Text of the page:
Context to 74th Amendment in India
India is still predominately rural. It was only in the late 80s, early 90s that gradually our policymakers thought of cities as constituencies in themselves; constituencies that were rapidly deteriorating without a planned systemic state intervention, regulation and control. Urban centres, it was realized, play a crucial role in the development of a country and are important to support the development of the rural hinterland as well. Many states had municipal level governments and had provisions for the functioning of urban local governments at the grassroots level. However, the local institutions were in state of disarray. The elections were irregular, their powers and functions were not clearly defined. It was susceptible to being encroached upon by specialized government agencies. The problems related to financing and revenue making them unsustainable in nature. Such complex factors led to the weakening of local governments at the grassroots level.
It was acknowledged that in order to ensure that the economic and social development of the cities, and in turn the nation, are in sync with the needs and aspirations of the people, it is important that the people and their representatives participate and involve themselves in the planning and policymaking at the local. For a strong democracy to foster, it is critical to ensure that focus of the Legislature and Executive (both at the Central and State level) reach the roots of the towns and cities where the people live. Although the Constitution had made explicit provisions for local governance structures at the rural level (with the idea of Village Panchayats enshrined in the Directive Principles of State Policy), there were no clear provisions for local governance mechanisms in the urban areas. Recognizing the need to strengthen the governance structure at the local level, the 74th Constitutional Amendment Act was taken up for consideration and came into force on 1st June 1993.
The framework for Urban Local Governance
The Act details the structure, constitution and composition of municipalities in the urban areas. There are also provisions for constitution of ward committees in areas with a population over 3 lakh. Thereby decentralizing the concentration of power and resources from the state level to the local. The powers and functions of the municipalities are contained in Schedule XII of the Constitution. Additional ones may be entrusted to the municipalities by the State government. There are also provisions for the creation of a District Planning and Metropolitan Planning Committee. It will be instrumental in preparing the development plan of the region. Through such provisions, it was hoped that democracy would be more participatory. And more people will engage in the governance process.
The Challenges to Decentralization
Twenty-five years ago, with the promulgation of 74th amendment, there was optimism in the air; there were hopes that our governance process will finally be more accountable, transparent and democratic. Yes, we have made important strides in the direction, but seemingly quite slow. We are facing several challenges in the implementation of the 74th Constitutional Amendment Act. The States have the responsibility to constitute the District Planning Commissions at the local level. Though lot of states have yet to constitute these bodies.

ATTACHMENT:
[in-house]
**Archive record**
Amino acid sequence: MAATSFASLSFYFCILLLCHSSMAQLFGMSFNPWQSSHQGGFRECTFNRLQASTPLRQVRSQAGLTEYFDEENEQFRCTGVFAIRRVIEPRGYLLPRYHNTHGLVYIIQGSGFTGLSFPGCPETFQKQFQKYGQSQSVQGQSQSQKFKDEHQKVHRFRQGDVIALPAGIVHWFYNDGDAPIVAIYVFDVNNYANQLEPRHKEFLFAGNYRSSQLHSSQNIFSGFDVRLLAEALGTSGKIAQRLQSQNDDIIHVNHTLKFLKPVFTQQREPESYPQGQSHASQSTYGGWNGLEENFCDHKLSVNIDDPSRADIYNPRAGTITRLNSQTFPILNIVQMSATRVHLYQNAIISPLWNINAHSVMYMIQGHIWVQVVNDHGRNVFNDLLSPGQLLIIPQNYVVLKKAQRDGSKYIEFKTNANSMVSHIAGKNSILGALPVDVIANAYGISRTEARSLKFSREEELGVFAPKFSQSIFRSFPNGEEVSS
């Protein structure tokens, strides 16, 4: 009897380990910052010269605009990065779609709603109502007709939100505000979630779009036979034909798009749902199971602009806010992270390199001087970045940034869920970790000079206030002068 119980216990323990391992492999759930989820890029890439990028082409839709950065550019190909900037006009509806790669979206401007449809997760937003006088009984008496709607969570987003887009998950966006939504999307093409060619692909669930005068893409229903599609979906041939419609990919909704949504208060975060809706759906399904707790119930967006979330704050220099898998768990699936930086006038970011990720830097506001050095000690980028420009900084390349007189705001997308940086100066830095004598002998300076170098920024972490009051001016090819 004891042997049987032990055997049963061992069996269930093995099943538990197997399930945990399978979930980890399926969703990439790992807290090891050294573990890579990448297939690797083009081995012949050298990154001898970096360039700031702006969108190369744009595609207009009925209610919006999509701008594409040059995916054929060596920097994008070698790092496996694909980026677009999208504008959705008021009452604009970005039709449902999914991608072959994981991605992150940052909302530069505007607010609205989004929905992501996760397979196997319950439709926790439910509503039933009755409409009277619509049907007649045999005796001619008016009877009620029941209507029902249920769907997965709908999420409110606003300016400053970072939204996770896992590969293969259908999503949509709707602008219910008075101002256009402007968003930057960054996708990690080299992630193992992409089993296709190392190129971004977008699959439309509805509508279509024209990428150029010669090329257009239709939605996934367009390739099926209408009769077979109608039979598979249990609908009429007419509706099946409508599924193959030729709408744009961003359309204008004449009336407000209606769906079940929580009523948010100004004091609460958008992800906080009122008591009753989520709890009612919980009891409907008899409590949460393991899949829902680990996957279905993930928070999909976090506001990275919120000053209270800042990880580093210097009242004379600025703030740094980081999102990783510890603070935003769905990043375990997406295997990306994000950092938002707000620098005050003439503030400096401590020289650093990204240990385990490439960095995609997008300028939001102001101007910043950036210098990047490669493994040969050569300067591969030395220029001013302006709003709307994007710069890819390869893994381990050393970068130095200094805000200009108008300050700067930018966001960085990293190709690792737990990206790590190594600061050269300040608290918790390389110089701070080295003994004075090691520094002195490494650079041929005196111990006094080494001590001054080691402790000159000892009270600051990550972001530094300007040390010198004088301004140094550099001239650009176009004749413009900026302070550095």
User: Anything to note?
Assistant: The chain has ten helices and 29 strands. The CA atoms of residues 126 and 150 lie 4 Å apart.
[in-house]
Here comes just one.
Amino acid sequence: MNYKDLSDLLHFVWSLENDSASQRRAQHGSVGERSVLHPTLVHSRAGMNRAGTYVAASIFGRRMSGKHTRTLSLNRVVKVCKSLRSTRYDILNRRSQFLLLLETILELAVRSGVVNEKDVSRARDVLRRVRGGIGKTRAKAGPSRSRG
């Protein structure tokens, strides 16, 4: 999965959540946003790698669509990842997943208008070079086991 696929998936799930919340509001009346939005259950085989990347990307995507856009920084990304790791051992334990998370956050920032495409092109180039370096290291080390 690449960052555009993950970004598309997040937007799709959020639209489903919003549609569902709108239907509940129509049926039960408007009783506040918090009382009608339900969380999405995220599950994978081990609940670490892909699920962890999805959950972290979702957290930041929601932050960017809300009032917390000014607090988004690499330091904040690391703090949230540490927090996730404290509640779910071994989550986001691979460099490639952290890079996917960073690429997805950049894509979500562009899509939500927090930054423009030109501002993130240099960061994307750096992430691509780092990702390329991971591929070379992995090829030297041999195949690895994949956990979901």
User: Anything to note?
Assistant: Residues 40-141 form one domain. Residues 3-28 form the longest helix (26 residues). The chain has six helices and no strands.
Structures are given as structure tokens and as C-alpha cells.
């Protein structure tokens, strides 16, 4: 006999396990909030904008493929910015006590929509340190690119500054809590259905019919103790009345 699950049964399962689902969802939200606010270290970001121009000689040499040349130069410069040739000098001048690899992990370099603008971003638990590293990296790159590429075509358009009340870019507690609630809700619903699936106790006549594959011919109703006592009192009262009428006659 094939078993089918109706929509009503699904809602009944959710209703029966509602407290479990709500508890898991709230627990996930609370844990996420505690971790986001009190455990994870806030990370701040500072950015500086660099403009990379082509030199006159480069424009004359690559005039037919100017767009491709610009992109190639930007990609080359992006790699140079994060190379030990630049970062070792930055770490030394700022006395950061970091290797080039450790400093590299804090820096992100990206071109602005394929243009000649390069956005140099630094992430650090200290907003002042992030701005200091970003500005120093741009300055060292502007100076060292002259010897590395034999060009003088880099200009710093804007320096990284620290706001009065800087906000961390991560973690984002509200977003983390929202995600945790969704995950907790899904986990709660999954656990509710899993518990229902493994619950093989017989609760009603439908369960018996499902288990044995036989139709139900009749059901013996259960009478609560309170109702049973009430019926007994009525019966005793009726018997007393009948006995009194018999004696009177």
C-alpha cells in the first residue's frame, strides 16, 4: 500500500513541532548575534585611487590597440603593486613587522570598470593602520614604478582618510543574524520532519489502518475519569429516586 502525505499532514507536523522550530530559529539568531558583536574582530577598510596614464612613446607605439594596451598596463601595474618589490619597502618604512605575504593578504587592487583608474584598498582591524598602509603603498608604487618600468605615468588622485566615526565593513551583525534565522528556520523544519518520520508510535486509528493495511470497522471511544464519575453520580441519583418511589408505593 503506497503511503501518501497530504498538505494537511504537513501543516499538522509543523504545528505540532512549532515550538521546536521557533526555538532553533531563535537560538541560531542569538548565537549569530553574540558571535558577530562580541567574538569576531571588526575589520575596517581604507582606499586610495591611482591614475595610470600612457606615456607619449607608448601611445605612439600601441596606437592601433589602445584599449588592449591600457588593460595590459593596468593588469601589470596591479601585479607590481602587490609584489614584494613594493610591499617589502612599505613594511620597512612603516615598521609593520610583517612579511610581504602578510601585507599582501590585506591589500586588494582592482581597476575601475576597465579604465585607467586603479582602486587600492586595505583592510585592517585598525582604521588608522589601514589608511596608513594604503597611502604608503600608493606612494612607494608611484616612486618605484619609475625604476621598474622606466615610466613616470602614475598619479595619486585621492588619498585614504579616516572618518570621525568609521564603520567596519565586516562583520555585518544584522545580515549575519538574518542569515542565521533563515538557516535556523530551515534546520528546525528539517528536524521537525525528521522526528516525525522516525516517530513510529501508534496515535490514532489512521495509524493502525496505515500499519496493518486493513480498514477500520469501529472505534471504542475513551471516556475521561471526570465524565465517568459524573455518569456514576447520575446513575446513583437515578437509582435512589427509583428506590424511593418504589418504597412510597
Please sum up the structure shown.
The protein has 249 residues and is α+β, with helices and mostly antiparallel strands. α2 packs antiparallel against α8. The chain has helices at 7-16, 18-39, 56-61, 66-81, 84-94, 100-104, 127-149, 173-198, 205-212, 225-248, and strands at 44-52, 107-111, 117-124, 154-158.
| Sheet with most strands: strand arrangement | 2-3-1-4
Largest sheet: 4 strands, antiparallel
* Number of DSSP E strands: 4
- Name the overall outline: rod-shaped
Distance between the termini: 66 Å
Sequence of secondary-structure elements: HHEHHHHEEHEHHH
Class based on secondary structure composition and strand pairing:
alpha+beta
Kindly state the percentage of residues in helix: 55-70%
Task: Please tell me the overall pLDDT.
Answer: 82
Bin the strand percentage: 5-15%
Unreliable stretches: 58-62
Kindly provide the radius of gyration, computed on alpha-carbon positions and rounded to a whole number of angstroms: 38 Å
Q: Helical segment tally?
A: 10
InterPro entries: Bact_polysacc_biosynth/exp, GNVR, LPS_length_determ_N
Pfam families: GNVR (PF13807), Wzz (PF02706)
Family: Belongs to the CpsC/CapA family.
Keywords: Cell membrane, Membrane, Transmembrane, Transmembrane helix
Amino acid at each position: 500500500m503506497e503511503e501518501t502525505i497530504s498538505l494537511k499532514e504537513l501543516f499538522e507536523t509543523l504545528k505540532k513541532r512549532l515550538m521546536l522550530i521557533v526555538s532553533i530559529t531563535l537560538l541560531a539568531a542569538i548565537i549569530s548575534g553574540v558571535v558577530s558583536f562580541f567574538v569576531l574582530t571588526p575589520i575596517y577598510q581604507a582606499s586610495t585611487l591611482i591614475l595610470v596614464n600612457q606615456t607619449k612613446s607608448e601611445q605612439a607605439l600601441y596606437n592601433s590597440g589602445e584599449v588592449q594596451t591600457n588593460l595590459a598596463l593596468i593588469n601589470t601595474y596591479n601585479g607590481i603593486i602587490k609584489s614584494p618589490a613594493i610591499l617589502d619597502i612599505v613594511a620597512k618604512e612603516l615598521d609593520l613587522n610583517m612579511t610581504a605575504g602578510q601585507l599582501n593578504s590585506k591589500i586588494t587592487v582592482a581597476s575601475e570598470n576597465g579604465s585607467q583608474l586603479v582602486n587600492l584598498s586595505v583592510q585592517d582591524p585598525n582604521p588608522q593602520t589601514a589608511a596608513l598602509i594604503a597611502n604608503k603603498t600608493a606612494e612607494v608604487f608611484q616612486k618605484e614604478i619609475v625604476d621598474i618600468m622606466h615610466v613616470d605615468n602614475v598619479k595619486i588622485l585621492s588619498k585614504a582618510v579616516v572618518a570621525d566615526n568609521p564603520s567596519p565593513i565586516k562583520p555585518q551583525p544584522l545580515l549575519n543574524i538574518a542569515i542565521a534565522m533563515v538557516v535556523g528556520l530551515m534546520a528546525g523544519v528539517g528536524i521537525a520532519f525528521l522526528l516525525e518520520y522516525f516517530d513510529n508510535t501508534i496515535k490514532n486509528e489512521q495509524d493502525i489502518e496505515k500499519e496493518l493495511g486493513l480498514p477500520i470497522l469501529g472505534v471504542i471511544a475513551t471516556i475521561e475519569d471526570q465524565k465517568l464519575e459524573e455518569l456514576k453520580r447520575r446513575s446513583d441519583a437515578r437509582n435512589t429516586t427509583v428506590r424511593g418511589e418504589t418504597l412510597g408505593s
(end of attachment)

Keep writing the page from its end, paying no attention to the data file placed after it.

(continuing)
Seven states have not yet constituted District Planning Commissions. And there are several states where such bodies exist only in certain districts. Moreover, there are challenges in the functioning of DPCs as well- such as few States preparing district plans. Even after constituting DPCs, problems in budget outlay and funding, lack of sufficient time due to bureaucratic inefficiencies and lack of coordination among the departments. There is a long way to go in ensuring that DPCs function in the way as envisaged in the Constitution. Also, DPCs are only of one the many provisions that are not being holistically implemented.
Way forward – What is to Be Done?
These challenges need to be addressed, and it could only happen when demands from the civil society reach the people who have the power to make these changes. The civil society needs to participate more actively in the process of governance. And interact with the government in order to increase their accountability and improve service delivery mechanisms. Active citizenship is fundamental to the survival of democracy. The democracy is much more than voting in the elections every five years. In order to strengthen the governance mechanisms, the people need to be aware of their rights in the country. They should demand participation, and actively participate in the process of planning and governance. It is with this hope and aspiration that we are calling for a renewed call to empower urban local governance process. One mohalla at a time! One city at a time! To achieve our aim of decentralizing power and taking democracy to the grassroots.
Urban Poverty Reduction is a major thrust area of Indo-Global Social Service Society. We believe that transformation happens only when people have the power to participate in the decision making that constitution has guaranteed through 74th amendment. To mark the 25th anniversary of the landmark 74th constitutional amendment that authorizes Urban Local Governments, IGSSS has launched the Urban Youth Leadership Programme to equip and empower the youth in urban poor communities to be the next generation changemakers in Indian cities. The last date for application is 15th June, 2018.
Aravind Unni – Thematic Lead, Urban Poverty
Tushar Anand – Intern IGSSS, Postgraduate Student at Tata Institute of Social Sciences, Mumbai